5 Awesome Tips in Sewing Your Own Wedding Dress
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  • Dresses, Sewing Tips, Sewing Tutorials
  • Posted December 11, 2015
5 Awesome Tips in Sewing Your Own Wedding Dress

Want to Sew Your Own Wedding Dress? Follow These 5 Awesome Tips

Want to Sew Your Own Wedding Dress? Follow These 5 Awesome Tips

Are you about to tie the knot in the near future? If so, you’ve probably thought about whether to sew your own wedding gown or buy one. Well, if you’ve pondered this and read some dismal reports from others online who journeyed into the land of bridal sewing with poor results, don’t worry. This article will make you calm knowing that the experience can actually be positive and, above all, can result in a beautiful gown that’s uniquely you.

Give Yourself a Good Amount of Time

An example of a wall clock.(Picture from www.time-management-central.net)

First, you have to ensure that you have at least a year-and-a-half to plan your wedding. That should give you an ample of time you need to sew that dream wedding of yours. Of course, you don’t want to be rushed thus you have to take things slowly and carefully. Otherwise, you’ll be stressed – something that you wouldn’t want to happen for you and your dress!

Make Sure to Set a Budget

A calculator and a man writing on a paper.(Picture from www.kikikitchen.com)

Sewing your own dress will not necessarily be cheaper than purchasing a dress. You will most likely need an immense amount of fabric, and, depending up on your chosen fabric content, it may be costly. If your wedding has a strict budget, be sure to consider the cost of your dress materials carefully. Remember that it’s not only your main fabric that needs budgeting, but as well as muslin fabrics, linings, closures, and embellishments. Hence be wise enough to accumulate the right amount of money.

Try Some Dresses First

An array of beautiful wedding dresses.(Picture from www.dressesmallau.com)

You should know that the best way to discover your dream dress style is to actually try one on. Yes, so go ahead and make a day of shopping. You can ask your friends or loved ones to accompany you. Try on different silhouettes and find out which style speaks to you. Take photos and use them for your inspiration. By figuring out your gown likes and dislikes, you’ll have a better idea of where your own pattern should start. Plus, you’ll have the unique experience of trying on gowns in a bridal salon, which can be so much fun!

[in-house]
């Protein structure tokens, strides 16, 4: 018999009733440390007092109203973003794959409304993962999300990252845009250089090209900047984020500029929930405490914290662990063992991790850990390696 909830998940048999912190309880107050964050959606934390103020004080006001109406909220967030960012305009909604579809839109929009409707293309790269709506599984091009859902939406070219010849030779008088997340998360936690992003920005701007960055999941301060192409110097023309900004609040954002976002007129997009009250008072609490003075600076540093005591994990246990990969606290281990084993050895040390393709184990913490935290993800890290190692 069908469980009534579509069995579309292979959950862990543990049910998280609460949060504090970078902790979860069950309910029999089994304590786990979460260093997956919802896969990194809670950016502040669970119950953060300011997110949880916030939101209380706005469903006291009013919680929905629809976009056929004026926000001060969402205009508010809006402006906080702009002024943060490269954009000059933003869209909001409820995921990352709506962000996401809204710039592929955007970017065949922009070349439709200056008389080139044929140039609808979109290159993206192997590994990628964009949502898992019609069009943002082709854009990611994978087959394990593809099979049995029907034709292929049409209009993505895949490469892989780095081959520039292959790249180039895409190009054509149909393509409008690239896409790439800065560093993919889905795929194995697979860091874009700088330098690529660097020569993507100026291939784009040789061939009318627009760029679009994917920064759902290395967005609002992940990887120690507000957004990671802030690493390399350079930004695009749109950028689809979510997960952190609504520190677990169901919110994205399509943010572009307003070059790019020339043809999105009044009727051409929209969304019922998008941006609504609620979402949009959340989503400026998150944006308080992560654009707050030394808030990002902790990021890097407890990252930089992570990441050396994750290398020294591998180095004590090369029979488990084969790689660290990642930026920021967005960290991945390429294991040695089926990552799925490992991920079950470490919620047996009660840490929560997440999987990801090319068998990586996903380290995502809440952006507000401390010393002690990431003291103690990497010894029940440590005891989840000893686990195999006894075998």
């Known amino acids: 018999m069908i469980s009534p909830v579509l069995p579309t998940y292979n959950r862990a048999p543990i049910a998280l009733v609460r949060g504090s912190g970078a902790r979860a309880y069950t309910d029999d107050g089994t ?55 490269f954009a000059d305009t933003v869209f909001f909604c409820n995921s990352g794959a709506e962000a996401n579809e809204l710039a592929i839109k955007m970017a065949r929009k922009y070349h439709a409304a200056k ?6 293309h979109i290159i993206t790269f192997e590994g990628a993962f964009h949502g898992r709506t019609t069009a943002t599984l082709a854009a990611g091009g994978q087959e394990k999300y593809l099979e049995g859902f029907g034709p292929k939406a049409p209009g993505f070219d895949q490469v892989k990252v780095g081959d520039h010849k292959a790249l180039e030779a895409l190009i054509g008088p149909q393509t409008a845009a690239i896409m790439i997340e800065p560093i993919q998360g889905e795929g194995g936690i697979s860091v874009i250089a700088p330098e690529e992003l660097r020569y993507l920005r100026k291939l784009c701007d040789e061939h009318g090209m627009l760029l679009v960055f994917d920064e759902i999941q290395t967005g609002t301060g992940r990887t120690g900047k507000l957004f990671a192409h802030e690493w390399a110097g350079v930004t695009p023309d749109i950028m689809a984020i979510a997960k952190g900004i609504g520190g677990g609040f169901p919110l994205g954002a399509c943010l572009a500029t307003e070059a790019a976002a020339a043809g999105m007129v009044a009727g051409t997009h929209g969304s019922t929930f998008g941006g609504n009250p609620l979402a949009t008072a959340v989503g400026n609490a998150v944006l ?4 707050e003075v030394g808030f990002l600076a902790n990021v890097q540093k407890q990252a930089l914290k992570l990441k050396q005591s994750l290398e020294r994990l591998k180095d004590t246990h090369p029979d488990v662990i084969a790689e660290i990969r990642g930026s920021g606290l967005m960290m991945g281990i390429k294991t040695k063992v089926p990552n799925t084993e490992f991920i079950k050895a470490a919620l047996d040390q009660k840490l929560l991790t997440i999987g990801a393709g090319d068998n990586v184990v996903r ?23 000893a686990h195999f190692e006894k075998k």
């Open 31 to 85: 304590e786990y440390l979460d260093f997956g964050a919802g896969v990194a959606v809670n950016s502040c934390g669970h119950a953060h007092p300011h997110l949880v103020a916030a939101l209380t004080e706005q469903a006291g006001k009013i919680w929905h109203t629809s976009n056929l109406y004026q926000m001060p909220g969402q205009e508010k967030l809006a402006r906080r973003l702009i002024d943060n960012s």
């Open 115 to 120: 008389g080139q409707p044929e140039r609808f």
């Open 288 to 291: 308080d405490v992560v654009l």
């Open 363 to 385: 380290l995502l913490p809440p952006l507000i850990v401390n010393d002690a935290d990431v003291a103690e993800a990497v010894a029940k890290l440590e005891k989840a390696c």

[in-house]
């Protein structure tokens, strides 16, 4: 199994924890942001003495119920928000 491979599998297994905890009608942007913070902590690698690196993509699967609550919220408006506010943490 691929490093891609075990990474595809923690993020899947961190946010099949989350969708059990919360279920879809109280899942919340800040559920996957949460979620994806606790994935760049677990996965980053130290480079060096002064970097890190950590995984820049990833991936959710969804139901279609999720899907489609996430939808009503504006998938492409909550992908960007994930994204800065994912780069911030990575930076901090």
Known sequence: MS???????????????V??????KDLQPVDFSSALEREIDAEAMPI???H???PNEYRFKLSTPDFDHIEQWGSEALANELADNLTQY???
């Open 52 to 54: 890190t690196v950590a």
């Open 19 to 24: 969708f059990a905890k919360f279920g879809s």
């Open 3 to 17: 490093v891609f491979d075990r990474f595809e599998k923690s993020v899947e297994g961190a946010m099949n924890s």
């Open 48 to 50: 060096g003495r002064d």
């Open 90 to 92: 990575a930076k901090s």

Determine Your Limits

A woman having a thought of something.(Picture from www.nerdwallet.com)

This one here is just so important, especially if you’ve never sewn a garment before. You must understand that it’s not a good idea to make your wedding dress if don’t set limitations. It doesn’t necessarily mean that a beginner can’t sew a wedding dress, but it’s more of distinguishing if your sewing skills are quite enough. Besides, you don’t want to sew a dress that will only make your wedding preparation too complicated. Furthermore, as for the design, go for a simpler one or get someone more experienced to help you.

Gather As Much Inspiration for Your Wedding Dress

Try look at bridal magazines and wedding websites, snagging photos of dresses you love. That way you’ll have an idea of what dress you’d like to sew. It’s also a great way to source inspiration, as you would have lots of ideas to choose from. Figure out which aspects of these gowns appeal to you and what embellishments are must-haves for your dream gown.

A woman wearing a wedding dress.(Picture from www.freegeneraldirectories.com)

Lastly, don’t try to limit yourself to looking at wedding gowns, especially if you don’t want the same as every other modern bride. Peruse the photos in books (or on websites) of historical and retro fashion, couture fashion, film costuming — anything that will inspire you. Join these together and mold them to create your own dress.


Alvin is a fashion and lifestyle writer who has recently earned interest in sewing his own clothes. Writing for Sewing Ideas gives him another avenue to express his experiences and learning in his sewing journey.

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